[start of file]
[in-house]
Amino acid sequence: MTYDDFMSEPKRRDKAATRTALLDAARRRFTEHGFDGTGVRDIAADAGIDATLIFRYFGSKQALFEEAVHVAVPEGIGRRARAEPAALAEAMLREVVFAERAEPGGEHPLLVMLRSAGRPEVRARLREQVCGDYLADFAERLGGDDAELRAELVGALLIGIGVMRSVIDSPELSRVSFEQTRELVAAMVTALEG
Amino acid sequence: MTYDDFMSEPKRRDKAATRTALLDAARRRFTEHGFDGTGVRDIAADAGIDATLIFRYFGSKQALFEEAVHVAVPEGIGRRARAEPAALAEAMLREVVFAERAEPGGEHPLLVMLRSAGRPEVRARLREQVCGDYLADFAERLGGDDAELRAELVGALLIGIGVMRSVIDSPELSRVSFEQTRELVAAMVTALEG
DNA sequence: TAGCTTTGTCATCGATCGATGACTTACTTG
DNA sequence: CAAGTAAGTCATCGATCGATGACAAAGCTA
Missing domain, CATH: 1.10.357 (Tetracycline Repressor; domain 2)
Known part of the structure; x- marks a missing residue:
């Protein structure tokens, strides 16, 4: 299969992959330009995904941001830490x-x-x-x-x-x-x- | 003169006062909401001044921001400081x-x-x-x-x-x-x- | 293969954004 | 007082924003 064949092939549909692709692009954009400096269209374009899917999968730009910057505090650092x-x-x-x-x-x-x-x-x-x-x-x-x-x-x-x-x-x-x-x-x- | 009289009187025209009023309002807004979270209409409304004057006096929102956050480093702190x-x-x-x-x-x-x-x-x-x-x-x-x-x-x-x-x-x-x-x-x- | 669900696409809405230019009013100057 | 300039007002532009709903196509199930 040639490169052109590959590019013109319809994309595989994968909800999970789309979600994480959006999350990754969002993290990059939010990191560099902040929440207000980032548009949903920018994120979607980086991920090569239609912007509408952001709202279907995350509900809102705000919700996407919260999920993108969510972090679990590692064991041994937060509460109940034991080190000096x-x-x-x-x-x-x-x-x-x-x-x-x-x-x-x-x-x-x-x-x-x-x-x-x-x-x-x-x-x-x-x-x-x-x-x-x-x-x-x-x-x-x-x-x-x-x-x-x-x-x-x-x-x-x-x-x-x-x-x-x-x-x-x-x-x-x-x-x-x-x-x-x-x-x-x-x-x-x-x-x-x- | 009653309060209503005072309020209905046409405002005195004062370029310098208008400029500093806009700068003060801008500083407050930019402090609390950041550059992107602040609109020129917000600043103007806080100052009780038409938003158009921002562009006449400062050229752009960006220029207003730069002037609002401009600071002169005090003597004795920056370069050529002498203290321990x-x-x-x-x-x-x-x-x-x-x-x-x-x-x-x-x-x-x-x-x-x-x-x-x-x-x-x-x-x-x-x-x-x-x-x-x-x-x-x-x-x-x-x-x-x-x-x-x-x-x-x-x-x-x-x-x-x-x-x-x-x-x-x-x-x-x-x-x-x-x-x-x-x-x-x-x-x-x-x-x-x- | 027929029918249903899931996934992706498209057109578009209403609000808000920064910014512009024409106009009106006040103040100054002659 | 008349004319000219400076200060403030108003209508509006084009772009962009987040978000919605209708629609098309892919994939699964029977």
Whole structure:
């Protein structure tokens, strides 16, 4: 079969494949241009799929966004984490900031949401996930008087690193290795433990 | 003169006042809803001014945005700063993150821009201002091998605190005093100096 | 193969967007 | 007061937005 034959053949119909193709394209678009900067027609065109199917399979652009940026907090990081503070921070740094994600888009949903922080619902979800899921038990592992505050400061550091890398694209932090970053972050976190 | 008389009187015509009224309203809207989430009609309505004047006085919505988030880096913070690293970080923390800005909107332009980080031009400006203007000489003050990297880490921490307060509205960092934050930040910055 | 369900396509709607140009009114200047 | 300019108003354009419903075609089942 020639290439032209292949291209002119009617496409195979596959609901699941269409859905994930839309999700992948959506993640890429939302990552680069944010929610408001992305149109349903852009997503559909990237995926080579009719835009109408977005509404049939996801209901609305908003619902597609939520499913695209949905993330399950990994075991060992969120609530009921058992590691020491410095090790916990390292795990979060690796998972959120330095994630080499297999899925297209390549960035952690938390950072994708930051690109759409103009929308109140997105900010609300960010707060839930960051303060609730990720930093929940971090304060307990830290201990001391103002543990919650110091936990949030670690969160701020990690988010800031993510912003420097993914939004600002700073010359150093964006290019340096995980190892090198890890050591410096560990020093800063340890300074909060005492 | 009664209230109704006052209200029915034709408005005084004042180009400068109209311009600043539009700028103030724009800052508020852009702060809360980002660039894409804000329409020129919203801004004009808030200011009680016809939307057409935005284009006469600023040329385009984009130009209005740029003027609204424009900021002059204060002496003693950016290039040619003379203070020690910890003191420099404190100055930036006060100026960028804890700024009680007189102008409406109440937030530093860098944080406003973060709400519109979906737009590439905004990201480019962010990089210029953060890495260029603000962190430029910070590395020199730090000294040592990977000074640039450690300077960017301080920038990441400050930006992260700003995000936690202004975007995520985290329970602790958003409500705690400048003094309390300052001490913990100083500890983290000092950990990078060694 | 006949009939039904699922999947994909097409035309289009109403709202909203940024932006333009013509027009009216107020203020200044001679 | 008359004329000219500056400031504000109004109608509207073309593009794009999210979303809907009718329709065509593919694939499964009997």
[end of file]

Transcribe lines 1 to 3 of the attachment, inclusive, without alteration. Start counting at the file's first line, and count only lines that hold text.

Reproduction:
[in-house]
Amino acid sequence: MTYDDFMSEPKRRDKAATRTALLDAARRRFTEHGFDGTGVRDIAADAGIDATLIFRYFGSKQALFEEAVHVAVPEGIGRRARAEPAALAEAMLREVVFAERAEPGGEHPLLVMLRSAGRPEVRARLREQVCGDYLADFAERLGGDDAELRAELVGALLIGIGVMRSVIDSPELSRVSFEQTRELVAAMVTALEG
Amino acid sequence: MTYDDFMSEPKRRDKAATRTALLDAARRRFTEHGFDGTGVRDIAADAGIDATLIFRYFGSKQALFEEAVHVAVPEGIGRRARAEPAALAEAMLREVVFAERAEPGGEHPLLVMLRSAGRPEVRARLREQVCGDYLADFAERLGGDDAELRAELVGALLIGIGVMRSVIDSPELSRVSFEQTRELVAAMVTALEG